A century ago, a severe bacterial infection was often a death sentence. With the advent of penicillin and the antibiotics that followed, such infections became eminently manageable, even routine. Today, though, with the rise of antimicrobial resistance, we are perilously close to returning to where we were 100 years ago.

I have a unique and uncomfortable perspective on the looming crisis of antimicrobial resistance. I am the chief technology officer SeLux Diagnostics, a startup focused on the rapid diagnosis of infectious diseases. And as I write this article, I am praying for my grandfather, who played a pivotal role raising me and is now fighting for his life against West Nile encephalitis. While intubated in one of the nation’s best intensive care units and beating the long odds against West Nile — never count out World War II veterans — he has been infected with methicillin-resistant Staphylococcus aureus (MRSA), which exists in most U.S. hospitals, and is now being given broad-spectrum antibiotics.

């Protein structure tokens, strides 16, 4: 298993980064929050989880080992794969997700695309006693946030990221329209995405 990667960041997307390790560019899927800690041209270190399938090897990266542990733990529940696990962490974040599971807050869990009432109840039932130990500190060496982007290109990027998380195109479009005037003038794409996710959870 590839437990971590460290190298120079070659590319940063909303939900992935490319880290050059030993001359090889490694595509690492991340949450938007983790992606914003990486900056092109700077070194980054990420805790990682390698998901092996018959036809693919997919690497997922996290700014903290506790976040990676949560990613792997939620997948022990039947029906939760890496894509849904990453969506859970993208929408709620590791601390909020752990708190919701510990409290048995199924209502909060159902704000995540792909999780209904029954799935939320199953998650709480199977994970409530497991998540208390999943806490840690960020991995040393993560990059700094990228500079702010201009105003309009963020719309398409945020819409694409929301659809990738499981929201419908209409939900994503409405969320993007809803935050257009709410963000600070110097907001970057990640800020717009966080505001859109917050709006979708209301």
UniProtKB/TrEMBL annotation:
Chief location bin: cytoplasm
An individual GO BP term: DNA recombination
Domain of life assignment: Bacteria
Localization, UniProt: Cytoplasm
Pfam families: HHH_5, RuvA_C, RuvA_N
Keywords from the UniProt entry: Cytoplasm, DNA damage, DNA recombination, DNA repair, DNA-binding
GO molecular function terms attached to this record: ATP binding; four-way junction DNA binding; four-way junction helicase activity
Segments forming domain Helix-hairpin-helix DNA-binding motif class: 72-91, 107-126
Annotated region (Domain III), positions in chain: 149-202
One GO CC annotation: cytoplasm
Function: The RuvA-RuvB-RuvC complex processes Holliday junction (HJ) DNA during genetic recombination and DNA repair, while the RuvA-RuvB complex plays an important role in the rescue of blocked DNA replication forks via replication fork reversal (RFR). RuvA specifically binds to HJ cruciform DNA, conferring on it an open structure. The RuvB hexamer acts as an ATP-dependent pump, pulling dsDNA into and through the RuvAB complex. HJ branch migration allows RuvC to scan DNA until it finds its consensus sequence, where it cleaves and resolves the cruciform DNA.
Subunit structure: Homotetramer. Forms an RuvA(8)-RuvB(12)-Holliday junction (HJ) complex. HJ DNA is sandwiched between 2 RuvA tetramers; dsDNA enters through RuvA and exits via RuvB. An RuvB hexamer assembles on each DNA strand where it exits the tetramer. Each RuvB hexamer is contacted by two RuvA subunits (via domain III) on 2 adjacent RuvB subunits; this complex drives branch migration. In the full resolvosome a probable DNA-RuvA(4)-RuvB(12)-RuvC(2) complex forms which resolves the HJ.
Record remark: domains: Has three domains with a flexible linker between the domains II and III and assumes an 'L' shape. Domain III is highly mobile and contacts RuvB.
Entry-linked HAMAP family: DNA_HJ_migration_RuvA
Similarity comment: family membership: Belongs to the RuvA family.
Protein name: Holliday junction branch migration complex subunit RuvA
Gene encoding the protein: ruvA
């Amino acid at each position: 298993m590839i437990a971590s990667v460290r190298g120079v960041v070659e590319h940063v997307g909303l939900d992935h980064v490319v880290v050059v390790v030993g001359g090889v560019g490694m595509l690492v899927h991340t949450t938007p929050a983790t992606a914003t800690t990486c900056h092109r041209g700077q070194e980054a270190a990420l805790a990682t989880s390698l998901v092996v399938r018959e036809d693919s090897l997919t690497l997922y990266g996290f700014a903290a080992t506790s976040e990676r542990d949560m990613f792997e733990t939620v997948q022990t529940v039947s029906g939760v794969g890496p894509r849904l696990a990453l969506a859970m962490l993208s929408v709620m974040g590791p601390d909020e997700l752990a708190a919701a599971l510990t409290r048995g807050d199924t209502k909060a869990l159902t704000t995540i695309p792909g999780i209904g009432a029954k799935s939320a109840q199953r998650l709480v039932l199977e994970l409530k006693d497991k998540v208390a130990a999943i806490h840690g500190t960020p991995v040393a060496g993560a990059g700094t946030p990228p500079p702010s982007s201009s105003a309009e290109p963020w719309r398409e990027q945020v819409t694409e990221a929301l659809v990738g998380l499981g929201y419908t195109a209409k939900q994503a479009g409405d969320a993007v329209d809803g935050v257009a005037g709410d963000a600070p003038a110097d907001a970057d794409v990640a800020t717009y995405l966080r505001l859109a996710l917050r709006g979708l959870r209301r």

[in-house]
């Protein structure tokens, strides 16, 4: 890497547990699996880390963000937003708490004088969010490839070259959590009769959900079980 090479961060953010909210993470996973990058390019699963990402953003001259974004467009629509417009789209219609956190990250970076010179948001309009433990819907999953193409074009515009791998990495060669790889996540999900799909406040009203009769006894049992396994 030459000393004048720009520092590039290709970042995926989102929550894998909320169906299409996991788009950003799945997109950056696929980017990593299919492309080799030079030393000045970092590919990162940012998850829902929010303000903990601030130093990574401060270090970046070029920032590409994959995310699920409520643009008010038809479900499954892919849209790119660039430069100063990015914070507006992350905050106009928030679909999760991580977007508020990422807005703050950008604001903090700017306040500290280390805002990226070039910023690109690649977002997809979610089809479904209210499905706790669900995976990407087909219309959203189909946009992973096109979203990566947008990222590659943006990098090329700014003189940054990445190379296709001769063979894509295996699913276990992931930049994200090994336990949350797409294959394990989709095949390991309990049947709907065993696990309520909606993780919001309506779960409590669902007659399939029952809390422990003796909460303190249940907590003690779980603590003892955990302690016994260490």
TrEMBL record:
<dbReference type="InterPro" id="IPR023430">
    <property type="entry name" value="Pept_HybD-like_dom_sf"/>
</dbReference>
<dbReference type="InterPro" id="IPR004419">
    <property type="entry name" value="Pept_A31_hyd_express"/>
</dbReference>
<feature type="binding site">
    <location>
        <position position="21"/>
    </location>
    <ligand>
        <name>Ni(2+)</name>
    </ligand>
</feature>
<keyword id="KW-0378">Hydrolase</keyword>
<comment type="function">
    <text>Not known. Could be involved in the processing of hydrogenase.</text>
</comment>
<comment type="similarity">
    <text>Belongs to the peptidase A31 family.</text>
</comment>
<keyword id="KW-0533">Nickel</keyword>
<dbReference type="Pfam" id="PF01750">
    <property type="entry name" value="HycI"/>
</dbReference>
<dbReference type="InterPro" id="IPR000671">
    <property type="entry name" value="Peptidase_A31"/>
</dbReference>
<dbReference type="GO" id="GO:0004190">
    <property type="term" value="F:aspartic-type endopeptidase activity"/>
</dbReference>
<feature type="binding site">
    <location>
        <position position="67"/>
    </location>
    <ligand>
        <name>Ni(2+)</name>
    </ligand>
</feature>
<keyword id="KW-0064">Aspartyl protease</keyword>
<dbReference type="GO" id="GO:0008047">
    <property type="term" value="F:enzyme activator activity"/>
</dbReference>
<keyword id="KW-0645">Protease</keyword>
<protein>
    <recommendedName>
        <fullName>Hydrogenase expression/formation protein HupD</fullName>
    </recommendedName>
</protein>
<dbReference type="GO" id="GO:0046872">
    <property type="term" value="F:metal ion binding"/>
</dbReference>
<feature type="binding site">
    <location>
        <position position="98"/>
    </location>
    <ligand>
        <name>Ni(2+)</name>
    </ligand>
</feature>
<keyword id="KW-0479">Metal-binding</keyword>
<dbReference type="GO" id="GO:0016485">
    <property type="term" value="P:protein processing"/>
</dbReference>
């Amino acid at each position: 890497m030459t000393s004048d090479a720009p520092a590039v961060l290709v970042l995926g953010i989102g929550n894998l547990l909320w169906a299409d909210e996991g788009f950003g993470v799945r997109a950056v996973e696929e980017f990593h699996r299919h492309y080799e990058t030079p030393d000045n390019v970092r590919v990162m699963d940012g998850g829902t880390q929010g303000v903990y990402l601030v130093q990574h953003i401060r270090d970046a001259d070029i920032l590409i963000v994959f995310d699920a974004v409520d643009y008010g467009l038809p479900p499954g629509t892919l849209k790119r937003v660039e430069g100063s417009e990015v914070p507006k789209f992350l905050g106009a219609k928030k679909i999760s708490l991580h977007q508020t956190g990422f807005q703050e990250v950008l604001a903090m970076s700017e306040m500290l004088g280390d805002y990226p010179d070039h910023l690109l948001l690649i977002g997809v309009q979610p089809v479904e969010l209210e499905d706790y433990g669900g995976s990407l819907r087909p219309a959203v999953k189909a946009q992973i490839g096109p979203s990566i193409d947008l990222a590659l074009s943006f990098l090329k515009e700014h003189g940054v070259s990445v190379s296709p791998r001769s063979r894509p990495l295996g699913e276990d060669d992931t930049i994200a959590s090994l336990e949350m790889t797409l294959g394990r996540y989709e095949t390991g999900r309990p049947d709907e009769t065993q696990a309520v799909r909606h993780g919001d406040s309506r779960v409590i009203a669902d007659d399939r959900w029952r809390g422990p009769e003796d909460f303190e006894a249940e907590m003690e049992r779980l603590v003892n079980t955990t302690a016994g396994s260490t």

Read more at STAT…